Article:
Britain By Car - A Motoring History

Grimsthorpe Park Speed Trials

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The setting for an early motor trial, first organised by the oldest motoring club in Britain.

Grimsthorpe Castle, Grimsthorpe, nr Bourne, PE10 0ND.

1903 – c1923, and 2018.

The first motor meeting at Grimsthorpe was held on the 8th August 1903.  The fastest time of the day (FTD) was achieved by a Richardson, driven by Capt. H E Newsom, who once played for Lincoln City and later became Sherriff and Mayor of Lincoln.

The trials were organised by the Lincolnshire Automobile Club, one of whose vice presidents was the then owner of the Castle, Lord Willoughby-de-Eresby, the Second Earl of Ancaster. 

The next trials to be held in the Park were on Easter Monday in 1905.  They were a much smaller event, organised by the Peterborough and Counties AC, and due to the shortage of entries, included motorcycles as well as cars.

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Further meetings were staged at Grimsthorpe in 1907, 1909, 1910 and 1911.  The FTD at the 1909 trial, on 19th June, was achieved by Sir Francis Hickman Bacon in his 100 h.p Grand Prix Austin, which he had bought from his friend, Herbert Austin.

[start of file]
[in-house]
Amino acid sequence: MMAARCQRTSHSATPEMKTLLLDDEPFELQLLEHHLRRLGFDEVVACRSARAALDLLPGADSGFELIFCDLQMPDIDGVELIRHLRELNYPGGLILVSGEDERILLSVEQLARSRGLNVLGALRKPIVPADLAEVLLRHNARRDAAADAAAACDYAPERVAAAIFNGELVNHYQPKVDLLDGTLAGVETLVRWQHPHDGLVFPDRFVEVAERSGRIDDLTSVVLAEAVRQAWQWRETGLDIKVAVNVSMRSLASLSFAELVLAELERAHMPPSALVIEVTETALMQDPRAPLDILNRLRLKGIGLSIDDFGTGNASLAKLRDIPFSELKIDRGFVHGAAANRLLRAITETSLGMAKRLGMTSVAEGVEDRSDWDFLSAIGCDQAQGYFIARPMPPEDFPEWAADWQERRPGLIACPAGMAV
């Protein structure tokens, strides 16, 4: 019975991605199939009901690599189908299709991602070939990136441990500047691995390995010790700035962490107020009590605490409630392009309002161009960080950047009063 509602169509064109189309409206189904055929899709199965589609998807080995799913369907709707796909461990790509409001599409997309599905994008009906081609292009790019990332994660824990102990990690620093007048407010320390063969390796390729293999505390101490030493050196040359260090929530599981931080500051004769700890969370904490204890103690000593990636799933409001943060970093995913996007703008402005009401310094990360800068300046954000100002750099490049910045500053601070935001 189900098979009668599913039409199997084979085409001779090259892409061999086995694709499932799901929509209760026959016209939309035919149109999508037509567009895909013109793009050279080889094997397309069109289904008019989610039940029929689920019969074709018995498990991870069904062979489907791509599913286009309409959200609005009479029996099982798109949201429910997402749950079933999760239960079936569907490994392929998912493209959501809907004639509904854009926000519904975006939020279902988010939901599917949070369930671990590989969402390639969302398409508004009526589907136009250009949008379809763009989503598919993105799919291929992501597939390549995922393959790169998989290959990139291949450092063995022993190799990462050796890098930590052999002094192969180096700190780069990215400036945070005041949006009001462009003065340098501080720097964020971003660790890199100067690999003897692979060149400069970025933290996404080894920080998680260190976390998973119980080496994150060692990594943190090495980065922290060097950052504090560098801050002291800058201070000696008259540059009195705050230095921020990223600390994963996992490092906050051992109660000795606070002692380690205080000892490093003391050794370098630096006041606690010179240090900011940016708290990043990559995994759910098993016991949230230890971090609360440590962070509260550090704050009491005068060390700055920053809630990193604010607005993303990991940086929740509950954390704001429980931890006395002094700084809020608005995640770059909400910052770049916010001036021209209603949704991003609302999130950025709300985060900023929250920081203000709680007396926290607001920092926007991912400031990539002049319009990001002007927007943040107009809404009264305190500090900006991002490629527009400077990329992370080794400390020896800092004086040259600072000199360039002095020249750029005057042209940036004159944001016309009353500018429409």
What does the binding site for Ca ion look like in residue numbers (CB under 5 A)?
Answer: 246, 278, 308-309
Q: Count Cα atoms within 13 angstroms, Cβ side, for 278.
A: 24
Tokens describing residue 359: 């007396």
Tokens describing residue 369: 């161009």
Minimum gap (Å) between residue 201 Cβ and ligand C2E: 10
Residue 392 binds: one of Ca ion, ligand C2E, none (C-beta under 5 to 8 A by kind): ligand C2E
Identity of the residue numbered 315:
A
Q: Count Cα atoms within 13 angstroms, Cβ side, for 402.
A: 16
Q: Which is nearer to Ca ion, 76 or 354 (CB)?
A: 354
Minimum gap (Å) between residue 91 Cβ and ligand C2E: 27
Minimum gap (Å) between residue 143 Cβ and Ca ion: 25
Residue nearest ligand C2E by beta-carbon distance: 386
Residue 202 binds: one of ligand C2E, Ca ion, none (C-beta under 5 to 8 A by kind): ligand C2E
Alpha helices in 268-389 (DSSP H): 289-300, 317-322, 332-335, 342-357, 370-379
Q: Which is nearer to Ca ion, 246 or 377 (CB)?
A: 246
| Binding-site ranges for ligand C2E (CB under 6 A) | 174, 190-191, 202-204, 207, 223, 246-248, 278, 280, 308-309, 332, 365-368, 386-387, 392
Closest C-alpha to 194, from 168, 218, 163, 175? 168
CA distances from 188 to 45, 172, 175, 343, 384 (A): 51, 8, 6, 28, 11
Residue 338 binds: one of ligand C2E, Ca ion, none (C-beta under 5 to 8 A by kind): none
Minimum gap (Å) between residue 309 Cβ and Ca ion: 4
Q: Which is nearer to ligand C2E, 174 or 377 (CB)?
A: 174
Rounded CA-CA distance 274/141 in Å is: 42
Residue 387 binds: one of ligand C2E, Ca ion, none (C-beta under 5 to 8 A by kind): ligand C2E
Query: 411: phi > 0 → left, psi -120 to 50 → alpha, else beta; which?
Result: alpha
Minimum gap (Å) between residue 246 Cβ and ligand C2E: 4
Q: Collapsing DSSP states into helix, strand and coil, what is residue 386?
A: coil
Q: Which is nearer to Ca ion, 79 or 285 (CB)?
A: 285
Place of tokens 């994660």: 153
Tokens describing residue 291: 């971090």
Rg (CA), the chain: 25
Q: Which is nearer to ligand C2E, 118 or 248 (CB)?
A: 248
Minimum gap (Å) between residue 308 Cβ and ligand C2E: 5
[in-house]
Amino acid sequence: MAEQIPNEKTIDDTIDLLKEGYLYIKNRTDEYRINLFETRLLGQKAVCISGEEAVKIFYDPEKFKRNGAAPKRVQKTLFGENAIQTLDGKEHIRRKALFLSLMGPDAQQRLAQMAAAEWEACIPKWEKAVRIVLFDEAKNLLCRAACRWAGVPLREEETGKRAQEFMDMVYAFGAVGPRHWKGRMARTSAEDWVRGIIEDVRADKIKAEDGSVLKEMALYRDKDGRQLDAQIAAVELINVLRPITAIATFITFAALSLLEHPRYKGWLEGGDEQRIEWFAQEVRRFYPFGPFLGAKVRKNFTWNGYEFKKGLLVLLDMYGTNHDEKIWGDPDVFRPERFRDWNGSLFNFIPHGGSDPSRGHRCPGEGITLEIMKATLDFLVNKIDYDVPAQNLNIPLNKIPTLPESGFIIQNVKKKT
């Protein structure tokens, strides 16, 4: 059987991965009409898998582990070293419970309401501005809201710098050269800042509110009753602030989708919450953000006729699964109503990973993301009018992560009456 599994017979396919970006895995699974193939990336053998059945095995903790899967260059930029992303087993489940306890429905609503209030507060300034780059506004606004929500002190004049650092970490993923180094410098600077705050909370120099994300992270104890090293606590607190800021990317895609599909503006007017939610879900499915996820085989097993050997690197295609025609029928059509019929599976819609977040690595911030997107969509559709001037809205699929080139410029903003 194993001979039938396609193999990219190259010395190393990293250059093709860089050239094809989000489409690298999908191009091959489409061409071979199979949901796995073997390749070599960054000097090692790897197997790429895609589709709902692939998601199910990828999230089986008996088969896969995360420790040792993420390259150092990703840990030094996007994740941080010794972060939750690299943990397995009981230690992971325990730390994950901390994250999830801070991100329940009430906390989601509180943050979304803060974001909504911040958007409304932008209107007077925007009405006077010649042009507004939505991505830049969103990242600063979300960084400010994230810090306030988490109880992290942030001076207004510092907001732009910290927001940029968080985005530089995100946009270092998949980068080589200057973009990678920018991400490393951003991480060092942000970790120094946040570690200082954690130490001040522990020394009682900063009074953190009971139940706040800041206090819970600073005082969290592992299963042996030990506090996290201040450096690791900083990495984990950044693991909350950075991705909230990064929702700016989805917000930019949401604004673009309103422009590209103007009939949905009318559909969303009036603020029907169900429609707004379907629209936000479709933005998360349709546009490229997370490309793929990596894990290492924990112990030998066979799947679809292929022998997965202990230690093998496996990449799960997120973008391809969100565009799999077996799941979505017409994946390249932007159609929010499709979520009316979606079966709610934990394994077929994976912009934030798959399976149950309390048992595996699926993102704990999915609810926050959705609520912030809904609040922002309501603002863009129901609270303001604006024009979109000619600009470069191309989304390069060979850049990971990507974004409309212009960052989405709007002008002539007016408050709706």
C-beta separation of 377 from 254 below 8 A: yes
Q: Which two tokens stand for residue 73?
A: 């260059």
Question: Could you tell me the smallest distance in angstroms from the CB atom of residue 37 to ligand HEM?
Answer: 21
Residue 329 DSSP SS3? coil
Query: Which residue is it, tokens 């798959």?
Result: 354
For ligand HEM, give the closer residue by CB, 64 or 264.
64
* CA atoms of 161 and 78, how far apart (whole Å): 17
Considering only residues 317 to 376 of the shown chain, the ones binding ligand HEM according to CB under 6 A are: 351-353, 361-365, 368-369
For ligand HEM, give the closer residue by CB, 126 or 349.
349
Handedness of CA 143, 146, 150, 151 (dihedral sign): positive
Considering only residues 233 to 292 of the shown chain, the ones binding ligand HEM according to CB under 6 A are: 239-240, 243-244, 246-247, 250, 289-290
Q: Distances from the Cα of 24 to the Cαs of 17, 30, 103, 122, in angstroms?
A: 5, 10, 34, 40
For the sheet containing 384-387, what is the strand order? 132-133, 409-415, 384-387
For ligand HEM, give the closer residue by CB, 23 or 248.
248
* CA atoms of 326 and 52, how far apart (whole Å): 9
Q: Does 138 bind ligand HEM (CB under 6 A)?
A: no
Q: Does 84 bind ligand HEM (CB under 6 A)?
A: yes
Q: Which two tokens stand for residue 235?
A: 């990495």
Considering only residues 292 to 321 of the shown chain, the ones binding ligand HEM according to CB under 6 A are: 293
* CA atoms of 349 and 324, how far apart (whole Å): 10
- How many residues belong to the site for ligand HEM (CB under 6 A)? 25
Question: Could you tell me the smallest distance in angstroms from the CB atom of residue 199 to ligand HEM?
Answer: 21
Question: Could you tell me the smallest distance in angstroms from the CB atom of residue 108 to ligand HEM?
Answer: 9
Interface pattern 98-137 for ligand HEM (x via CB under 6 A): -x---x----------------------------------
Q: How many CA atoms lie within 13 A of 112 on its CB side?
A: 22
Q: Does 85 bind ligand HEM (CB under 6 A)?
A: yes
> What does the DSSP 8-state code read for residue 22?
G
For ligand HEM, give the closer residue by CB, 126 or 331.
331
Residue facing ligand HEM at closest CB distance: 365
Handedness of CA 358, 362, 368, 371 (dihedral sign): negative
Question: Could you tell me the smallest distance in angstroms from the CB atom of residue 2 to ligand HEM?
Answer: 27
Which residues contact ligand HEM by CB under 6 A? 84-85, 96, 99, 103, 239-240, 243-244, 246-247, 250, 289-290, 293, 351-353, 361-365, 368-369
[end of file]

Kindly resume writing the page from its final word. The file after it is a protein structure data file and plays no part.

The 1911, speed trials took place on 27 May, with classes open to amateurs and trade.  R Wright’s 20 h.p Singer achieved the FTD, and the fastest amateur driver was Tom Mays, father of Raymond Mays, in his 20 h.p Vauxhall. 

It is not clear whether motor speed trials continued at Grimsthorpe after this date, although motorcycle trials were held in the Park in 1921 and 1923.

In August 2018, speed trials were once again held in Grimsthorpe Park, a further event is planned in 2019.